Personally, I think this looks gross. I like Doritos, I like tacos, but I can’t bring myself to actually buy one of those Taco Bell Doritos tacos. I’m in the minority, though: three hundred and fifty million of the MSG-laden quasi-meat products have been sold and consumed by red-blooded Americans, and that means something. It actually means 15,000 new jobs at Taco Bells across the US just to keep up with demand. That may be only one tenth of one percent of the total unemployed, but who complains about one-tenth of one percent improvement in today’s economy?
This goes to show that big numbers aren’t necessarily what is going to magically save things. Sure, the housing market and banking interest rates are a big deal, but they are a macro-level of the economy. Creating a product, even at a couple dollars each, that consumers want is going to have a positive impact on the economy. “Trickle-down” may not have been as beneficial as predicted, but this is a “trickle-up” economic effect. If each of those 15,000 new jobs were filled with unemployed workers (most of which undoubtedly were), at over a hundred dollars a week, that’s a million dollars saved in government benefits. Those workers are making more money, hopefully, which allows them to spend more when they go shopping, which probably results in a mix of higher profits and more hiring in their area, which also results in more sales tax paid, more income tax collected, and more deficit reduction. Just from one tiny taco. I might have to go grab one for lunch next time I’m in Fergus, so I can continue to do my part for the economy.
The “free silver loophole”, as we learned, revolves around getting rolls of coins from your bank and looking through them for silver coins still in circulation. This “loophole” isn’t that big of a secret, though – hobbyists have been calling this Coin Roll Hunting, and coin collectors and bullion enthusiasts have been doing it for years.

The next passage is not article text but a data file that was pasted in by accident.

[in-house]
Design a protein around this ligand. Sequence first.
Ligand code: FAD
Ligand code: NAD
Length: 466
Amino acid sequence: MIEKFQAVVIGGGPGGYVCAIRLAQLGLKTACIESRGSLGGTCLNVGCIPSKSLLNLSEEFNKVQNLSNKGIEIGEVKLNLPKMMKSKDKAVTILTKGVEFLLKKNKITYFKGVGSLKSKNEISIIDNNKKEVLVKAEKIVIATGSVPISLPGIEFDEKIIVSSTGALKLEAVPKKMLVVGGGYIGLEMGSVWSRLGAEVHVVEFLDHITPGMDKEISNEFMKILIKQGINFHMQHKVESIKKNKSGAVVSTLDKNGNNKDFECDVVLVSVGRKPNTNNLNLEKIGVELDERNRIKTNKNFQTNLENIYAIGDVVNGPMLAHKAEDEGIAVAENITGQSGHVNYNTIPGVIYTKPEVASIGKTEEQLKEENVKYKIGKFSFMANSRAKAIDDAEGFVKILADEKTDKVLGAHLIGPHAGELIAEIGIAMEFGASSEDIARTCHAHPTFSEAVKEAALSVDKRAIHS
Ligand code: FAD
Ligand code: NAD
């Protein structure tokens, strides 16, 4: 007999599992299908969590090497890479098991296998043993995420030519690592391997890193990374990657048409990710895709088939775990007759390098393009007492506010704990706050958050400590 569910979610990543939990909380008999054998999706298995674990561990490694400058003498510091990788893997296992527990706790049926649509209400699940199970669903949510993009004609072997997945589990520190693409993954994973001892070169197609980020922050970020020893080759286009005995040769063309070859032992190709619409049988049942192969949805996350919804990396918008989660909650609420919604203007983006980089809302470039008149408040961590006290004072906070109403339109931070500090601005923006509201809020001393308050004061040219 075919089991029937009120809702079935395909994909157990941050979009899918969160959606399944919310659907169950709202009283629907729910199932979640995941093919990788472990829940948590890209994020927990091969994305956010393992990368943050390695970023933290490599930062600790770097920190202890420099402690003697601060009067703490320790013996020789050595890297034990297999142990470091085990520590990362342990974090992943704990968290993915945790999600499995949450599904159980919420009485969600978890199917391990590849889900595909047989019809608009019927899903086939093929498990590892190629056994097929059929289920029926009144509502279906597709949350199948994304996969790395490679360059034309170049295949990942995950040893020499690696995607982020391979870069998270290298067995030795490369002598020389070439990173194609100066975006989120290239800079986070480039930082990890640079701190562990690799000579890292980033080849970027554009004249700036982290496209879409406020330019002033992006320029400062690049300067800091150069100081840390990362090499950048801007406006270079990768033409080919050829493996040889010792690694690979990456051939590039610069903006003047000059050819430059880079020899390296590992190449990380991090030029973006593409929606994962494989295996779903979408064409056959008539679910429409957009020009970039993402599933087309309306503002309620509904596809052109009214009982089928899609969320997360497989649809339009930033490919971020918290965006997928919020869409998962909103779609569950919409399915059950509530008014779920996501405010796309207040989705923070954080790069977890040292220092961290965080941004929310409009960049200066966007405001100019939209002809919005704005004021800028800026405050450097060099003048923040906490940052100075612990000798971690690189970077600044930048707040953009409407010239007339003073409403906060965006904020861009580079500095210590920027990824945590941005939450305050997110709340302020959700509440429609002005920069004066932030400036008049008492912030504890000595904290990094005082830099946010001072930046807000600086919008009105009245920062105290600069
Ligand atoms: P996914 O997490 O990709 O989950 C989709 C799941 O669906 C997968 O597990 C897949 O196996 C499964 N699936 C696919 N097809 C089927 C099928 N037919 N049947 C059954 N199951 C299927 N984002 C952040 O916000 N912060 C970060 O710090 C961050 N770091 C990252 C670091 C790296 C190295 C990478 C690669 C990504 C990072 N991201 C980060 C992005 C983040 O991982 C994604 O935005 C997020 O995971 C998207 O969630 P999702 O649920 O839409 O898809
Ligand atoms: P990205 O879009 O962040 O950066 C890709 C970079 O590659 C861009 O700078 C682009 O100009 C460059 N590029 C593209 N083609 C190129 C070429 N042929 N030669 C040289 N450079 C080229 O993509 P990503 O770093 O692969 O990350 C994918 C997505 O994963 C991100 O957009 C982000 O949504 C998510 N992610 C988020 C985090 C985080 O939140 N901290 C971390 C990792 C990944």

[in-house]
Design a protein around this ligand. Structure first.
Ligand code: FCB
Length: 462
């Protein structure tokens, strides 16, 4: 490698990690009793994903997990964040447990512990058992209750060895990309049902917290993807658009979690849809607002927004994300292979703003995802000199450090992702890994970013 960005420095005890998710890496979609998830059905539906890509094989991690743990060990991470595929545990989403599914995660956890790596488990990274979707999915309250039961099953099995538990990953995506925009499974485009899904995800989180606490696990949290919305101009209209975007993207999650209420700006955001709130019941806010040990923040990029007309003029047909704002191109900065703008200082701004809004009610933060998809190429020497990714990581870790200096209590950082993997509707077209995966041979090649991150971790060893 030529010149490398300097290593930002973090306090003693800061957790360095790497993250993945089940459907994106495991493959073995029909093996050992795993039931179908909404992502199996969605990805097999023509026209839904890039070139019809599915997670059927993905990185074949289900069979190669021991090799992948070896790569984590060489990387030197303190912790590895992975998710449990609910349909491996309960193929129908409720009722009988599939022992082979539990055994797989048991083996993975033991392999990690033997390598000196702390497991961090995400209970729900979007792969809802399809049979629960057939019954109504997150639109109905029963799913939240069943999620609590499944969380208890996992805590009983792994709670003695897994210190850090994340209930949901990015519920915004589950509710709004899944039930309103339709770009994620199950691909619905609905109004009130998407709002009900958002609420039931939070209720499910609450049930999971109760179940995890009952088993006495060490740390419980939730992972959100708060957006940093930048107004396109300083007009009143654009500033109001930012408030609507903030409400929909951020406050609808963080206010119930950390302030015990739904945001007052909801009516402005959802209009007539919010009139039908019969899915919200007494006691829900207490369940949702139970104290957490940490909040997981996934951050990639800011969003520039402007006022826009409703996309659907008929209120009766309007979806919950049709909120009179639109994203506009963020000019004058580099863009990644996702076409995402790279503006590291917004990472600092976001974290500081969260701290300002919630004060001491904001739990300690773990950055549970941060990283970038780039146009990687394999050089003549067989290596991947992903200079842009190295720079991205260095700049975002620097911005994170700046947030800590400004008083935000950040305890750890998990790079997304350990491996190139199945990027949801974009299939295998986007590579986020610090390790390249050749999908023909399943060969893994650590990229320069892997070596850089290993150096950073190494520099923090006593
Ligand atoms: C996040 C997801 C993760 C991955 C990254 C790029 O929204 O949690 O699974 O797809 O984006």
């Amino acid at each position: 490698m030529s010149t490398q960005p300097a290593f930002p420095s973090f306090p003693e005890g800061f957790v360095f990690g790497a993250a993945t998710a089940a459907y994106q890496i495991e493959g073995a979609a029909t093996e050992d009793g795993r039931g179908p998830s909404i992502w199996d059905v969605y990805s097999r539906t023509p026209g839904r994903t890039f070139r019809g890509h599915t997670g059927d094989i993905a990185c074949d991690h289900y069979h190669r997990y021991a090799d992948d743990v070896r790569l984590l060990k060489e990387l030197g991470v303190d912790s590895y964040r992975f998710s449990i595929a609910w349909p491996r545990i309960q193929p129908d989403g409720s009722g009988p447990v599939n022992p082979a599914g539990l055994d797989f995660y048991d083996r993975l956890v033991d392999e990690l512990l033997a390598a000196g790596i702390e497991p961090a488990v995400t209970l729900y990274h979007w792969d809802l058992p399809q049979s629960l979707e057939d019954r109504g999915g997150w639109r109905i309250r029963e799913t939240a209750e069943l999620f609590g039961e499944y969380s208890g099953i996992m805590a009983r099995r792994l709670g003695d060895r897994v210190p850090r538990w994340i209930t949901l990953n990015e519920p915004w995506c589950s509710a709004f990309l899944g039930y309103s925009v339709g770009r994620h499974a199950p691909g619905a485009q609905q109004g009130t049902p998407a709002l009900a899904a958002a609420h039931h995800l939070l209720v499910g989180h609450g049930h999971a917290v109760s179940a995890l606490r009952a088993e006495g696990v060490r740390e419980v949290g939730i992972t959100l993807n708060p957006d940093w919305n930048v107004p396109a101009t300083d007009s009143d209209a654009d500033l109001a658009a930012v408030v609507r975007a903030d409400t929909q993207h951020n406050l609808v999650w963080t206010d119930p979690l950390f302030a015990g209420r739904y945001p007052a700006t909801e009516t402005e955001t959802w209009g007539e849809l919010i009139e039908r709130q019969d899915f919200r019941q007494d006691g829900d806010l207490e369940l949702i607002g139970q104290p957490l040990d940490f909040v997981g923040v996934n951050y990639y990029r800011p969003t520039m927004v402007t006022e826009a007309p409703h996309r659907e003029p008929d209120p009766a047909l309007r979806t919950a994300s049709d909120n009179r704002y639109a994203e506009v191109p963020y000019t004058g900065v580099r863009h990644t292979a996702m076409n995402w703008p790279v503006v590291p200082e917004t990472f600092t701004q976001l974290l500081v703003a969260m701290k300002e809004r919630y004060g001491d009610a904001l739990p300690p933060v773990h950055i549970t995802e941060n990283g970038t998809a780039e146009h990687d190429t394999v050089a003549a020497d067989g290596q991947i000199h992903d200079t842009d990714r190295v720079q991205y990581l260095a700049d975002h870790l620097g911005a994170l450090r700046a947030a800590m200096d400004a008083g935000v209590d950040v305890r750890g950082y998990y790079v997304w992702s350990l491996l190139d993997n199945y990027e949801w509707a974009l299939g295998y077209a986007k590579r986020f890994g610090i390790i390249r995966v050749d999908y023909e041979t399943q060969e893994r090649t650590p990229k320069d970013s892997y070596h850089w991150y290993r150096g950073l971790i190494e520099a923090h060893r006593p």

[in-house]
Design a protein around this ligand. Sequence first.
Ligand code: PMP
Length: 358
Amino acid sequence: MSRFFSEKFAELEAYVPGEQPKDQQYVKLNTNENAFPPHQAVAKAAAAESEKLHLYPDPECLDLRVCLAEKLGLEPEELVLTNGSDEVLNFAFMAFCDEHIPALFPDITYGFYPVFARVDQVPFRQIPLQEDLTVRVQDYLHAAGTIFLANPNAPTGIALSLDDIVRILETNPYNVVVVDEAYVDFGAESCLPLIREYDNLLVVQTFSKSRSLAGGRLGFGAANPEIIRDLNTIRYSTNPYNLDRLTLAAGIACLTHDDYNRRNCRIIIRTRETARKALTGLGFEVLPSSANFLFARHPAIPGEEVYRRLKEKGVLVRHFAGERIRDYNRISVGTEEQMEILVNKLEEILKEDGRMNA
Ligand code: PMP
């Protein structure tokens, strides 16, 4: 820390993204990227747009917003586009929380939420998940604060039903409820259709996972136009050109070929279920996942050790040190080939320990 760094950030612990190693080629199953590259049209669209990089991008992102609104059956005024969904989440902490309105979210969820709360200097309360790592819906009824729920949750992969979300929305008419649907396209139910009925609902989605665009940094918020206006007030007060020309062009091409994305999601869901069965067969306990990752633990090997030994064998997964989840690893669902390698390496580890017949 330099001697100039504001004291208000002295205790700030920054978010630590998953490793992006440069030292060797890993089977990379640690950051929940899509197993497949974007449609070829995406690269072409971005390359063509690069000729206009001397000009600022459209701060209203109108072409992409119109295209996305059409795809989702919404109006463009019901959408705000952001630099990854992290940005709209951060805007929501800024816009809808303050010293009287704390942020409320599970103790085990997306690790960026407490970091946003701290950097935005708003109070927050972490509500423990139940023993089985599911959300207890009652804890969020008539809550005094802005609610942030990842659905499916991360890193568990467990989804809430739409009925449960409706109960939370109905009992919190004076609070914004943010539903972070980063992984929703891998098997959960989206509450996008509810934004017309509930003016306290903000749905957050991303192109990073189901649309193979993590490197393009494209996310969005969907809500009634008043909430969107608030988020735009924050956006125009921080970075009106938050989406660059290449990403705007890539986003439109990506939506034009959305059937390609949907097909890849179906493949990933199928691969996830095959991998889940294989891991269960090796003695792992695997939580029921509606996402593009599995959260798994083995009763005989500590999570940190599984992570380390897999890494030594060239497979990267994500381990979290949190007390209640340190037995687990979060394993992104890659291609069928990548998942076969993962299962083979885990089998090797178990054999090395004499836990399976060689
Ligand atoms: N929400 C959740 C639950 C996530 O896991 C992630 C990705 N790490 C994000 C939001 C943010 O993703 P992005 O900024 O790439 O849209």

A good place to start if you want to learn the right way to do things is to check out TreasureNet’s beginner’s guide. If you think that having to go back to your bank every couple days to get another two or three rolls of coins, you should know that banks ship coins around by the boxload, $500 at a time. If you ask your bank, they might have one in their vault, or they can ‘order’ one for you. Digging through a thousand half-dollars at once might be more efficient than a few rolls at a time.
One thing I hadn’t even thought about is the possibility of running across a proof coin in the rolls of circulated cents. Maybe they were spent accidentally, maybe the Mint sent it to banks in error, or maybe some coin collector fell on hard times and bought lunch with it, but a proof coin can be just as valuable as one made from precious metals, depending on quality.
Since this isn’t a new discovery, all the coins you review might already have been picked over for the gems. This does take time, which is why it’s a ‘hobby’ for most people. Compared to the time to walk around your neighborhood with a metal detector, or to watch eBay for deals, sitting on your couch, watching TV and drinking a beer, spending a lazy weekend looking through a big pile of coins doesn’t sound so bad.
Yeah, it’s a contest, but there’s free gold in it for somebody, and you can’t beat that. Aside from the 1oz gold coin, they’re also giving away silver, so you have better chances at free bullion than sitting around your living room.
If you were wondering what an APMEX Bullion Center is, it was launched last fall as a collaboration between APMEX and eBay, and the goal seems to be simplicity and trust. As opposed to buying from APMEX’s own website, I guess, so it seems to be more about opening a new market — eBay shoppers who might have thought about investing in gold but only know that eBay is the place to buy things — than to be any new source for bullion.
I was looking through my server logs, and I can see what people search for on Google to find their way here to this blog. A while back I made a post talking about what the phrase “will pay to the bearer on demand” means on older money. Quite a few people come in looking for the exact phrase “will pay to the bear on demand.”
Will pay to the bear on demand.
Will pay to THE BEAR on demand.